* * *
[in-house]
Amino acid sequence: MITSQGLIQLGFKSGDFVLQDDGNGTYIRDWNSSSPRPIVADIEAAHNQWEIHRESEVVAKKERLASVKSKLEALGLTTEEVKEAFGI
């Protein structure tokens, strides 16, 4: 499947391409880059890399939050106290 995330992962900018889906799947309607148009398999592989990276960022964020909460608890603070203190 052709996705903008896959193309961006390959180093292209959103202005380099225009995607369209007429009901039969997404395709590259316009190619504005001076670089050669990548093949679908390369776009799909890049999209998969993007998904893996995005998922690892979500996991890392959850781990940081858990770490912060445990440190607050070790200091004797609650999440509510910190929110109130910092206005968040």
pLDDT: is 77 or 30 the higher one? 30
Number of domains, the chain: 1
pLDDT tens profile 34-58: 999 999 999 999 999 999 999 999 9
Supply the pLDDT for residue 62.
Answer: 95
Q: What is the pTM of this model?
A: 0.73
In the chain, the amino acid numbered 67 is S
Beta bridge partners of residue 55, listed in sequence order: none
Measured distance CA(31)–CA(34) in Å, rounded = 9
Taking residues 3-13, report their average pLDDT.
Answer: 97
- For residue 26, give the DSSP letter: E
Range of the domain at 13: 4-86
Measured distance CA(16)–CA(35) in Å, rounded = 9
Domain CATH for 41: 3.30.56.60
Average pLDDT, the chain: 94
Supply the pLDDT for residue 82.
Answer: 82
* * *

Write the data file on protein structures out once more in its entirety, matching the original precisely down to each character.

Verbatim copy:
[in-house]
Amino acid sequence: MITSQGLIQLGFKSGDFVLQDDGNGTYIRDWNSSSPRPIVADIEAAHNQWEIHRESEVVAKKERLASVKSKLEALGLTTEEVKEAFGI
């Protein structure tokens, strides 16, 4: 499947391409880059890399939050106290 995330992962900018889906799947309607148009398999592989990276960022964020909460608890603070203190 052709996705903008896959193309961006390959180093292209959103202005380099225009995607369209007429009901039969997404395709590259316009190619504005001076670089050669990548093949679908390369776009799909890049999209998969993007998904893996995005998922690892979500996991890392959850781990940081858990770490912060445990440190607050070790200091004797609650999440509510910190929110109130910092206005968040």
pLDDT: is 77 or 30 the higher one? 30
Number of domains, the chain: 1
pLDDT tens profile 34-58: 999 999 999 999 999 999 999 999 9
Supply the pLDDT for residue 62.
Answer: 95
Q: What is the pTM of this model?
A: 0.73
In the chain, the amino acid numbered 67 is S
Beta bridge partners of residue 55, listed in sequence order: none
Measured distance CA(31)–CA(34) in Å, rounded = 9
Taking residues 3-13, report their average pLDDT.
Answer: 97
- For residue 26, give the DSSP letter: E
Range of the domain at 13: 4-86
Measured distance CA(16)–CA(35) in Å, rounded = 9
Domain CATH for 41: 3.30.56.60
Average pLDDT, the chain: 94
Supply the pLDDT for residue 82.
Answer: 82